The Relief Report ®
A newsletter covering regulatory reform efforts in Washington and across America, published by The National Center for Public Policy Research, 20 F Street NW, Suite 700 , Washington, D.C. 20001, (202) 507-6398, Fax (301) 498-1301, E-mail ReliefReport@nationalcenter.org Web http://www.nationalcenter.org
Senate Majority Leader Trent Lott's apparent desire to bring the flawed Chemical Weapons Treaty to the Senate floor for a vote on ratification is bad news for business. Should the treaty be ratified over 8,000 American businesses - many in non-chemical industries - are expected to be forced to comply with intrusive new paperwork reporting requirements and, even worse, to open their businesses to international inspectors who may represent their foreign competitors. Judge Robert Bork has written that, should the treaty be ratified, "A foreign state will have the right to challenge inspection of a U.S. facility without the grounds that are essential for a search warrant. The U.S. is required by the CWC to enforce inspection by an international team, even over opposition from the owner. On-site personnel can be compelled to answer questions, provide data, and permit searches of anything within the premises - including records, files, papers, processes, controls, structures and vehicles." Contact Frank Gaffney of the Center for Security Policy at 202/466-0515 or firstname.lastname@example.org or for more information visit http://www.security-policy.org or http://www.nationalcenter.org for.
Through his new Hope, Growth and Opportunity "message tank," Steve Forbes is warning American businesses that "the Treasury Department is about to slip through a nasty little increase on America's partnerships - architects, consultants, engineers, actuaries, accountants, lawyers, etc." The tax, rejected by Congress in 1994, is being imposed by the Administration's regulatory apparatus. Says Forbes: "Here's how the stealth income tax works: Limited partners will have to pay what is in effect the 2.9% Medicare payroll tax not only on the incomes they receive, but also on the earnings that the partnership retains." Particularly annoying to Forbes, and, we understand, to House Speaker Newt Gingrich and Ways and Means Chairman Bill Archer, who learned of the tax increase April 3 and are now moving to thwart it, is the fact that the Administration is using its regulatory power to sneak the tax past Congress. Experts predict that if this tax-increasing regulation goes into effect it will soon also be applied to S corporations. In seeking to impose this new tax by regulation the Administration has not complied with several applicable rules, including Congressional Review provisions, the Small Business record-keeping provisions of the Regulatory Flexibility Act, and the President's Executive Order 12886. Contact Joel Rosenberg at 703/925-9281 or email@example.com, or visit http://www.AHGO.org for more details.
A battle over blue crab regulations affecting commercial watermen
of the Chesapeake has the makings of a modern day battle of the
Alamo, complete with a family named Crockett. Two years ago, fluctuating
blue crab populations in the Chesapeake caught the attention of
environmentalists. Armed with a survey from the Chesapeake Bay
Commission and a report from the College of William and Mary,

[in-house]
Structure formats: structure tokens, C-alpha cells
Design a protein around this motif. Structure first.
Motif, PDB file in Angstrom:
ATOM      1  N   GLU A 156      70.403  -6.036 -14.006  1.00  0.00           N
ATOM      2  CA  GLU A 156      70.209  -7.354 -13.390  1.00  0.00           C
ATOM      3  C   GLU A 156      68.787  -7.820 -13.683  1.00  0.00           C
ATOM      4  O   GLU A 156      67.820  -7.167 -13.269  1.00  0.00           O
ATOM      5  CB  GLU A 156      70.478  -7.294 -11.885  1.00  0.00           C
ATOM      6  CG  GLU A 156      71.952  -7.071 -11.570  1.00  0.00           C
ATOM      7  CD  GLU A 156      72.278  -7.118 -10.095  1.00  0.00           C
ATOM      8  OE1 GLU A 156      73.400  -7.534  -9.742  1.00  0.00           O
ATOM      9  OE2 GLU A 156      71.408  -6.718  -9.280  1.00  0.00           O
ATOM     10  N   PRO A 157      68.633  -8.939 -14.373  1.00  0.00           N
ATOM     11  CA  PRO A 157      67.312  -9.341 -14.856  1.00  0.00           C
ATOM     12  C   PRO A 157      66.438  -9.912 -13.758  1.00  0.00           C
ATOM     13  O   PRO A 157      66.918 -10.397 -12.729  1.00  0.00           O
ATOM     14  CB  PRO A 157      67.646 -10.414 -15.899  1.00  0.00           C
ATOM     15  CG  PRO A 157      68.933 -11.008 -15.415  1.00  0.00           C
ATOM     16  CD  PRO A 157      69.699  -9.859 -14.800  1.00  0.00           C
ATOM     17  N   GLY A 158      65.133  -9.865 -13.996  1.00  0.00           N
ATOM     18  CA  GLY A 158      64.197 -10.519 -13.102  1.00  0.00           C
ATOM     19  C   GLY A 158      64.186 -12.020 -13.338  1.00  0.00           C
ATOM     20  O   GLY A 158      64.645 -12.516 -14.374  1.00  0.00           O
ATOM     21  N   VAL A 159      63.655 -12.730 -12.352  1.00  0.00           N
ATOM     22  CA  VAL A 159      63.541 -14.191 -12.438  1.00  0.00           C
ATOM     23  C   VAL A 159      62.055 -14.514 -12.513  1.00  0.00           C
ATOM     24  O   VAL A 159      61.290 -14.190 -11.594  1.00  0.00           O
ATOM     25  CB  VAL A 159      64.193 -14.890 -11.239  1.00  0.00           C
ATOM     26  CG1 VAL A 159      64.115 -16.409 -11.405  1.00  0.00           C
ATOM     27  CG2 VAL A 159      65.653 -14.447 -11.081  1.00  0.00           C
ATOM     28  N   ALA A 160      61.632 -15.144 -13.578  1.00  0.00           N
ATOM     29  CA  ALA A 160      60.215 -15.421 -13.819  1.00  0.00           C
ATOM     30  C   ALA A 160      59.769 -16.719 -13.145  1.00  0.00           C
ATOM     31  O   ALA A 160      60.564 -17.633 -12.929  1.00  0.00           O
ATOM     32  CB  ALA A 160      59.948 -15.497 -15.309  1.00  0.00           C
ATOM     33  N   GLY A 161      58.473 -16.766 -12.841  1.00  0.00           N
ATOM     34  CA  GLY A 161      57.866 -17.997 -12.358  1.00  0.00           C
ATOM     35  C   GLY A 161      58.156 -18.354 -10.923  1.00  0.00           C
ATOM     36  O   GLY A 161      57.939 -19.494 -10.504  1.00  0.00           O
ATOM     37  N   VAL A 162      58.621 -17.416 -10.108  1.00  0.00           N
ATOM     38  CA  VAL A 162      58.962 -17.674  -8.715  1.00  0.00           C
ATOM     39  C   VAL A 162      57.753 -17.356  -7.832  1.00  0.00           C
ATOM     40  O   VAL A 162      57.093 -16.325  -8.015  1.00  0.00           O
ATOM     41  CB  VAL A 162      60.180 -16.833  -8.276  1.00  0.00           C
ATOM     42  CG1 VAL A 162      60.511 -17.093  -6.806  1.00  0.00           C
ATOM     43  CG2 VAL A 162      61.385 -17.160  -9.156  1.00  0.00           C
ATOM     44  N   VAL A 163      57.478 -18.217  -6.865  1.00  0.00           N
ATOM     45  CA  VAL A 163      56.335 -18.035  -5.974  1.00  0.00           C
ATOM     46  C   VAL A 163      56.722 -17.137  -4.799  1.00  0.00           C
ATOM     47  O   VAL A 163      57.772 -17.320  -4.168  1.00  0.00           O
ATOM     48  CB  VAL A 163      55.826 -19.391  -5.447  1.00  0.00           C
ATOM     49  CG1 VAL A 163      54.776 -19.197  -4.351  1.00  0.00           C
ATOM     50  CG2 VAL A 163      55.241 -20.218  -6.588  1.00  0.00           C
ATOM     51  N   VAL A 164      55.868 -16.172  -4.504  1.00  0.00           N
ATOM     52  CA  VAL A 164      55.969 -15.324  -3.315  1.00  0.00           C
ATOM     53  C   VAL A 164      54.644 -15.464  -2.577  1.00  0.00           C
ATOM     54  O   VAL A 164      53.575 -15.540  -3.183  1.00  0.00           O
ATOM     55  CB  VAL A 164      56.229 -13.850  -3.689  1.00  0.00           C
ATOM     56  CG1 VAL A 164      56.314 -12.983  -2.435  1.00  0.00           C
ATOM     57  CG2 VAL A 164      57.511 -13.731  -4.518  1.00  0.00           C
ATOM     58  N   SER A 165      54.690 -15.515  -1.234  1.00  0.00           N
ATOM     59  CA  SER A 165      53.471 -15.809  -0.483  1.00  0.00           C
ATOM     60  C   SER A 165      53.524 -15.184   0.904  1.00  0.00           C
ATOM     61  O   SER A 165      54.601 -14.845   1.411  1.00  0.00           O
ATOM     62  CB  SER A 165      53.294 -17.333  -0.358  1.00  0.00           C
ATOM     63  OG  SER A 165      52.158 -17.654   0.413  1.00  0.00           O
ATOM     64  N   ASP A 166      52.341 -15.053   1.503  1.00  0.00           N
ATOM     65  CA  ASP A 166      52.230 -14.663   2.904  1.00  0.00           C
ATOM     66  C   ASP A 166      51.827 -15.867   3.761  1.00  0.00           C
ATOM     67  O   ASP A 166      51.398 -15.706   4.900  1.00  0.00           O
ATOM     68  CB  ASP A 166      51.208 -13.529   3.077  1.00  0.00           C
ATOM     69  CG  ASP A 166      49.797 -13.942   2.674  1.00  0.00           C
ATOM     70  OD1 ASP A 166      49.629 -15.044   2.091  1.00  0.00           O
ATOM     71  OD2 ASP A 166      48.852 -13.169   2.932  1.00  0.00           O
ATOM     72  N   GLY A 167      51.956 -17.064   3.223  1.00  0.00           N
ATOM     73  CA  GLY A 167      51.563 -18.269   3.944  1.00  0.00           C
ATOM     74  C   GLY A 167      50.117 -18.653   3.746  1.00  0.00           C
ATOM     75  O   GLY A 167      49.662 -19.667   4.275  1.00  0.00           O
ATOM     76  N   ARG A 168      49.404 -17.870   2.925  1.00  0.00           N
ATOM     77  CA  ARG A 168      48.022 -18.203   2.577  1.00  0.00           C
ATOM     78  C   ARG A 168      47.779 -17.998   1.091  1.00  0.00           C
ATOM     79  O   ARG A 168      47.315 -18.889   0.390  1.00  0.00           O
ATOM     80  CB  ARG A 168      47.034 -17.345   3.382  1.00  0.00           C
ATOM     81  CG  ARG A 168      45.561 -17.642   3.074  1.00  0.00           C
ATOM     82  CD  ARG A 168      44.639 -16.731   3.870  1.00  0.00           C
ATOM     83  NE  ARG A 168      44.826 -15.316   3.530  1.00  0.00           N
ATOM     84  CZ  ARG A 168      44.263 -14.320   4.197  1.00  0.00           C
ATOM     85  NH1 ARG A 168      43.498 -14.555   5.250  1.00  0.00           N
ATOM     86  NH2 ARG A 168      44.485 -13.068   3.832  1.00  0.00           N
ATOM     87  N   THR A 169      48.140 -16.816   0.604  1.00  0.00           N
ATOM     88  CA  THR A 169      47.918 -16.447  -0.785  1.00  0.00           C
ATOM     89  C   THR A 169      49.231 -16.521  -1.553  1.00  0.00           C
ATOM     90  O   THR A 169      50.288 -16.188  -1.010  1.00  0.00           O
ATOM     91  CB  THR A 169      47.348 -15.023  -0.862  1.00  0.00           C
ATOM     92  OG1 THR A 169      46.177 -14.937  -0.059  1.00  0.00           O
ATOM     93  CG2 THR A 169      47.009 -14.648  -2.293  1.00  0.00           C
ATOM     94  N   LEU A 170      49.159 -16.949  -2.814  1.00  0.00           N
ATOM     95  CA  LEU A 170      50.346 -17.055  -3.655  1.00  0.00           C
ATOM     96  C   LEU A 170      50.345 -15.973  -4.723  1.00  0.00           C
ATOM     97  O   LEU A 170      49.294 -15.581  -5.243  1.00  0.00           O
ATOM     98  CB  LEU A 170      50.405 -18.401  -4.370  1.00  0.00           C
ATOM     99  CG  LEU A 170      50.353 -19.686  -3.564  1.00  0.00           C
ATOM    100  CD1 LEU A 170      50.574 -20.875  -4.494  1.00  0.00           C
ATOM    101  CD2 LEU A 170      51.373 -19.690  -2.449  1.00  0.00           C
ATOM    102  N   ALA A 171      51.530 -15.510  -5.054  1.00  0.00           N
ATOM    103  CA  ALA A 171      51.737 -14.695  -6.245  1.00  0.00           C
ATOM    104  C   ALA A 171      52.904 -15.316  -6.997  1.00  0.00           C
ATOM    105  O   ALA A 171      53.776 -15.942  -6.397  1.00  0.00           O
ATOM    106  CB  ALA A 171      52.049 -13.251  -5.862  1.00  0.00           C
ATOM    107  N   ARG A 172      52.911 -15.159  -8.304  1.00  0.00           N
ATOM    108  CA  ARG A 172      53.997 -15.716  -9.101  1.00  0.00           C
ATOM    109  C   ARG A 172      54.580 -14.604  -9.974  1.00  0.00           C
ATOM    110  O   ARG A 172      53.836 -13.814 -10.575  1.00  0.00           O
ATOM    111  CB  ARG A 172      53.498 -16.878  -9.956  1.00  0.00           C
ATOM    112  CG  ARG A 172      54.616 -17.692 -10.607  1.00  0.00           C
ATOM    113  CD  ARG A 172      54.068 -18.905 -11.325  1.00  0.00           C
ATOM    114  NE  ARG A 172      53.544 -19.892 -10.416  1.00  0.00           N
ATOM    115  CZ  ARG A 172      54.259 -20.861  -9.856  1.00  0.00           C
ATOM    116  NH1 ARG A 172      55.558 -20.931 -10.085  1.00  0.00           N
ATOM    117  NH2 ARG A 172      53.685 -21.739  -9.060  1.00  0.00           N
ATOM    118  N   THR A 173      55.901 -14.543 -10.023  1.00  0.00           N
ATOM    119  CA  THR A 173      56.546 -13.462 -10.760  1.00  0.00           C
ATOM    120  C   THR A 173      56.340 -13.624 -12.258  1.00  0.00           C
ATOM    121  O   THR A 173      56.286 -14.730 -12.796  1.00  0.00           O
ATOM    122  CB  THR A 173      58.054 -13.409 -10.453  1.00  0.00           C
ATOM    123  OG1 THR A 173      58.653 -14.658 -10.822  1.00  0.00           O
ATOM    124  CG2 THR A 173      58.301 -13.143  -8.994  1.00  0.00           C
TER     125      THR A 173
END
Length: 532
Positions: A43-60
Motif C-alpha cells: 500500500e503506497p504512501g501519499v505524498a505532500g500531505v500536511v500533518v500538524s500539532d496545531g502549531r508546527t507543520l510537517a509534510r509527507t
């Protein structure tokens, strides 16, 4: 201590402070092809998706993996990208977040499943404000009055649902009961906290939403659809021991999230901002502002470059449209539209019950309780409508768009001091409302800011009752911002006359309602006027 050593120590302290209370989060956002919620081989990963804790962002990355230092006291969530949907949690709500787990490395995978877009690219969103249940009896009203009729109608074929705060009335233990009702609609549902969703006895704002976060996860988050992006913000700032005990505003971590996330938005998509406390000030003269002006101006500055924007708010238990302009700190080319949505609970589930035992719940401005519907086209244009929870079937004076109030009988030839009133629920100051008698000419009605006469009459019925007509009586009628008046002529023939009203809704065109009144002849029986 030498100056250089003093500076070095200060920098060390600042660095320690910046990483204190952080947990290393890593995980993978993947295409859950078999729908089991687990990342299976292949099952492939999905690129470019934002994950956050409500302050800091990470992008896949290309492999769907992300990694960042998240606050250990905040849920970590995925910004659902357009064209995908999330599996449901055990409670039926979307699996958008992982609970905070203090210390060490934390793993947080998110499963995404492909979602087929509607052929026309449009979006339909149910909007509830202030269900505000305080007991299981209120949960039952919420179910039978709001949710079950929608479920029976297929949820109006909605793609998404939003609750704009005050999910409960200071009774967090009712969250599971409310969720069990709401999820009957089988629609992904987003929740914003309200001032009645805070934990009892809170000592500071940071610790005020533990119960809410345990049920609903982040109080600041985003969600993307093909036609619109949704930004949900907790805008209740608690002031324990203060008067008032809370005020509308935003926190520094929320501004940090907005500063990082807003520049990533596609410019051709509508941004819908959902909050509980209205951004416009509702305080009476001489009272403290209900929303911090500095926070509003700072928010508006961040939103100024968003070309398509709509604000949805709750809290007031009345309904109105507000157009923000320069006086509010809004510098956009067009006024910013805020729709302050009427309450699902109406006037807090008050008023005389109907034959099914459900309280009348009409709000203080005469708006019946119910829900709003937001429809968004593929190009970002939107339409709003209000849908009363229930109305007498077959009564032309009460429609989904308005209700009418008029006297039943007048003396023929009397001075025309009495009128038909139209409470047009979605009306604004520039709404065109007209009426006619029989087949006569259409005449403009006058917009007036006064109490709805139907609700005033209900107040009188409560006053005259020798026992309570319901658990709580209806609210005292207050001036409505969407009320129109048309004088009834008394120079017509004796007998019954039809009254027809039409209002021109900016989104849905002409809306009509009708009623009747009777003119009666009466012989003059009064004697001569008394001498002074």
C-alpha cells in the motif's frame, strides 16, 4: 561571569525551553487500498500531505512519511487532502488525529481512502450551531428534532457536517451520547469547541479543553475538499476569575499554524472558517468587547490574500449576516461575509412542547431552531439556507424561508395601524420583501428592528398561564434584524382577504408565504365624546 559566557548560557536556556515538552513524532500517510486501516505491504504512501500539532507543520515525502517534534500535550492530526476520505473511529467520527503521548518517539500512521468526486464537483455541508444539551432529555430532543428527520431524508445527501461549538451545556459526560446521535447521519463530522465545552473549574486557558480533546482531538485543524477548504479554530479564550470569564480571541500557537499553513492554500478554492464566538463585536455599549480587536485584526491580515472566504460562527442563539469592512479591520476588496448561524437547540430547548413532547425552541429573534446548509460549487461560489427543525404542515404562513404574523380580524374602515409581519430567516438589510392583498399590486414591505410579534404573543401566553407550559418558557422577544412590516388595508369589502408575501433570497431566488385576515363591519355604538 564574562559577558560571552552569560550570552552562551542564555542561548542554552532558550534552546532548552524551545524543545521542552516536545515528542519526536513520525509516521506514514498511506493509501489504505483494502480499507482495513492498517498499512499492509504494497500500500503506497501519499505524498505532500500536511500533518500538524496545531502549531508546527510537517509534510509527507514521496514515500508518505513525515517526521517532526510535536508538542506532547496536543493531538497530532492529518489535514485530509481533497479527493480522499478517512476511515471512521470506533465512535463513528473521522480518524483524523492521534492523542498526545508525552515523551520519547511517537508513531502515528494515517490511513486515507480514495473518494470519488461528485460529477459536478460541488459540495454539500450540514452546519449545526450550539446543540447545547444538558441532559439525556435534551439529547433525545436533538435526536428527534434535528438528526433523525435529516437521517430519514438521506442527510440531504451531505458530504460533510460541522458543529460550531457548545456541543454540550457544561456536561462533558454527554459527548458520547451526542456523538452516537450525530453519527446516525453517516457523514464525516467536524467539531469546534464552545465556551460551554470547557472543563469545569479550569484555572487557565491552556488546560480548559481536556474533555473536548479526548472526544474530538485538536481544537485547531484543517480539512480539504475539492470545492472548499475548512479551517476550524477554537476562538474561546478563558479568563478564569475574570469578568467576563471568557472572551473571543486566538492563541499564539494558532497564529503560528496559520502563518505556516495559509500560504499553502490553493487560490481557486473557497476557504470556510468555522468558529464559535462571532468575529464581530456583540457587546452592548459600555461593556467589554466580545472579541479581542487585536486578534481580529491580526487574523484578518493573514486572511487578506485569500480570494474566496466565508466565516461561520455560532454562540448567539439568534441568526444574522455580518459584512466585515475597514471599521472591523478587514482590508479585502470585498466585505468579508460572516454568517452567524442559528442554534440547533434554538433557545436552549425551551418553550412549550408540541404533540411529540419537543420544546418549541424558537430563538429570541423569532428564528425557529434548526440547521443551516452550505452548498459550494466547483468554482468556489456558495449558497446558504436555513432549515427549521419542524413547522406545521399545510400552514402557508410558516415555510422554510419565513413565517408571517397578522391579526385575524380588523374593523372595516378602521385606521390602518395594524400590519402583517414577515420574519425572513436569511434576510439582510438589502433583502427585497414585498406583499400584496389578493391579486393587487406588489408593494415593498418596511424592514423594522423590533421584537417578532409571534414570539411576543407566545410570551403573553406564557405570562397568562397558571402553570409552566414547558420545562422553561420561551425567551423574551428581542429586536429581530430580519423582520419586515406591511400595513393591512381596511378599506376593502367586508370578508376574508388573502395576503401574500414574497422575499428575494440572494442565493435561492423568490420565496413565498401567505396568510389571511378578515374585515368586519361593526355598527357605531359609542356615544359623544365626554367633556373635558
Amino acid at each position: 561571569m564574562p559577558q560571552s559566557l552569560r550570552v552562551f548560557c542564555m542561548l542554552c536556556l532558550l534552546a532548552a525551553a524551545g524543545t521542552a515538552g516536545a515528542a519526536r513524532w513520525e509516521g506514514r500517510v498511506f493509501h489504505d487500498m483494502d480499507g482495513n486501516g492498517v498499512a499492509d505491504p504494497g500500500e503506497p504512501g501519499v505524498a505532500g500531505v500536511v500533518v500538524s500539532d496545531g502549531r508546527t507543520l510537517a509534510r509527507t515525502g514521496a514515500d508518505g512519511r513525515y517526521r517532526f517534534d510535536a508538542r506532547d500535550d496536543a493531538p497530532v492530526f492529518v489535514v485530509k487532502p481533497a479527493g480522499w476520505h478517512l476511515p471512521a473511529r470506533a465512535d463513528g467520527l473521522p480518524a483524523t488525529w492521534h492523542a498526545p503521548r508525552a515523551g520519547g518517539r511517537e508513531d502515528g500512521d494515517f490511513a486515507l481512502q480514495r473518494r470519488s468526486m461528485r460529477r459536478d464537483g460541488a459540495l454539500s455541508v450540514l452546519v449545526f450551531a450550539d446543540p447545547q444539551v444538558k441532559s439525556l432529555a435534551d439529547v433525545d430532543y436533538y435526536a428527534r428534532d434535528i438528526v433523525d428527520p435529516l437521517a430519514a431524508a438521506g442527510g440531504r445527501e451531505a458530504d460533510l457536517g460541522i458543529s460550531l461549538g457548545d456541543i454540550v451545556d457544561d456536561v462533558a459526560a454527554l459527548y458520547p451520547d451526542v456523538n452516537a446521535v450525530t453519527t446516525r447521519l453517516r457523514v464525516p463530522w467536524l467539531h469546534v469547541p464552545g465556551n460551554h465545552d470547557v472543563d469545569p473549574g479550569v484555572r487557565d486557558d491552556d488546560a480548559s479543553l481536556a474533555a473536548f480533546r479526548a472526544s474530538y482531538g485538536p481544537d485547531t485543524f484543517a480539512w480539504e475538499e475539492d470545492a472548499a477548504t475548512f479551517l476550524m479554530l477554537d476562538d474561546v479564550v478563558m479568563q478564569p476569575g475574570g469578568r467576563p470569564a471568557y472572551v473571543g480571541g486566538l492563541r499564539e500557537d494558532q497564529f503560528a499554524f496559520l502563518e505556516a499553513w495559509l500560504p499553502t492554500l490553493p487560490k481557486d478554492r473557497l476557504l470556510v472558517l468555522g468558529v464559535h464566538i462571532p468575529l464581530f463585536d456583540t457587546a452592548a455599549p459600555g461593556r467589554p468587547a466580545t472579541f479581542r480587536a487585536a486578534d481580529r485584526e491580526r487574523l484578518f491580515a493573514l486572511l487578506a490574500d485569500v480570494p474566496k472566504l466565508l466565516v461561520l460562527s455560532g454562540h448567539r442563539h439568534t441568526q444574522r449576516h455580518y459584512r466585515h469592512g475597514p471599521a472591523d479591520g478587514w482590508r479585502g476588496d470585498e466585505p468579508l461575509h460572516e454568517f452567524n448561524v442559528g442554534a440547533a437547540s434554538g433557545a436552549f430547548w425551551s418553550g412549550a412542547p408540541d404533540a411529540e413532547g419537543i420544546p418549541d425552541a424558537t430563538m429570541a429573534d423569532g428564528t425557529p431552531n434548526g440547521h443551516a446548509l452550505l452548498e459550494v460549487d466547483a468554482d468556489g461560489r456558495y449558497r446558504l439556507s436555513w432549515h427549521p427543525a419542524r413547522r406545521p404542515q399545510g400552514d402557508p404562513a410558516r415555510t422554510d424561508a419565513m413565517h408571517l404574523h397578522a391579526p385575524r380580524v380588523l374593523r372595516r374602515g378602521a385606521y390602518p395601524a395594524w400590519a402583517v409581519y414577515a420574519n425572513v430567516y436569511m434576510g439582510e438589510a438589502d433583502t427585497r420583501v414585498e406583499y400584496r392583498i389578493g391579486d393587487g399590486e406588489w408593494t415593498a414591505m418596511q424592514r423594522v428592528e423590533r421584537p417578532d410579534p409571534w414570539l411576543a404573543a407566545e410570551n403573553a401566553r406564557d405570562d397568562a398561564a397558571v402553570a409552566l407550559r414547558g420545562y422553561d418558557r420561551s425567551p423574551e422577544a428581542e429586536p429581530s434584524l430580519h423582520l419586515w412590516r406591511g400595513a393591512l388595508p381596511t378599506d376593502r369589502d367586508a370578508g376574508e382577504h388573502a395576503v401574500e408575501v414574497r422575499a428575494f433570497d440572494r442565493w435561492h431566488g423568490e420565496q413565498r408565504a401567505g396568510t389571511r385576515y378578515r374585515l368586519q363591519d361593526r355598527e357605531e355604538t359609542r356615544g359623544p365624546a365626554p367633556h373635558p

they argued that the Chesapeake's blue crab stocks would collapse
without severe harvest restrictions. As a result, new regulations
were imposed to protect the crabs. The most costly of these was
a shortened crab season imposed in 1995. Due to the severity of
the 1995/96 winter, an estimated 55% of the crab population died
in the frigid muds of the Chesapeake -- crabs that could have
been sold for up to $50 a bushel had regulations not prevented
it. To add insult to injury, a National Oceanic and Atmospheric
Administration study found that the environmentalists were wrong
in the first place and that the crab populations were robust.
One of the watermen fighting against unreasonable regulations
is a song-writing, ballad-singing boat captain by the name of
Davey Crockett. Hopefully, his battle will be more successful
than the other Davey Crockett's. For more information, contact
David Ridenour of The National Center for Public Policy Research
at (202) 507-6398 or firstname.lastname@example.org
For all those who viewed the Union of Concerned Scientists'
(UCS) recent foray into "sound science" as akin to Dr.
Kevorkian opening a suicide prevention hotline comes this bit
of confirmation: The Tucson, Arizona-based Doctors for Disaster
Preparedness has obtained a tape of a media training teleconference
for scientists hosted by the UCS that exposes the group's "Sound
Science Initiative" as merely a tactical device to promote
the global warming scare. According to Doctors for Disaster
Preparedness Newsletter, the scientists were told, among other
things: "Don't confuse [journalists] with doubt. In other
words, don't talk like a scientist, with caveats and error bars.
Emphasize the word 'consensus.'" The very nature of "sound
science," however, dictates that there will caveats, qualifiers
and uncertainties. For more information, contact Doctors for Disaster
Preparedness at 520/323-3110.
All editorial correspondence to The Relief Report should be directed to: The National Center for Public Policy Research * 20 F Street NW, Suite 700 * Washington, D.C. 20001 * Tel (202) 507-6398 * Fax (301) 498-1301 * E-mail ReliefReport@nationalcenter.org * Web http://www.nationalcenter.org. Copyright 1998, The National Center for Public Policy Research. Coverage of meetings, activities or statements in the Relief Report does not imply endorsement by The National Center for Public Policy Research. Reprints of material in the Relief Report permitted provided source is credited. To receive all National Center newsletters free by e-mail, visit http://www.nationalcenter.org or send a message to email@example.com.###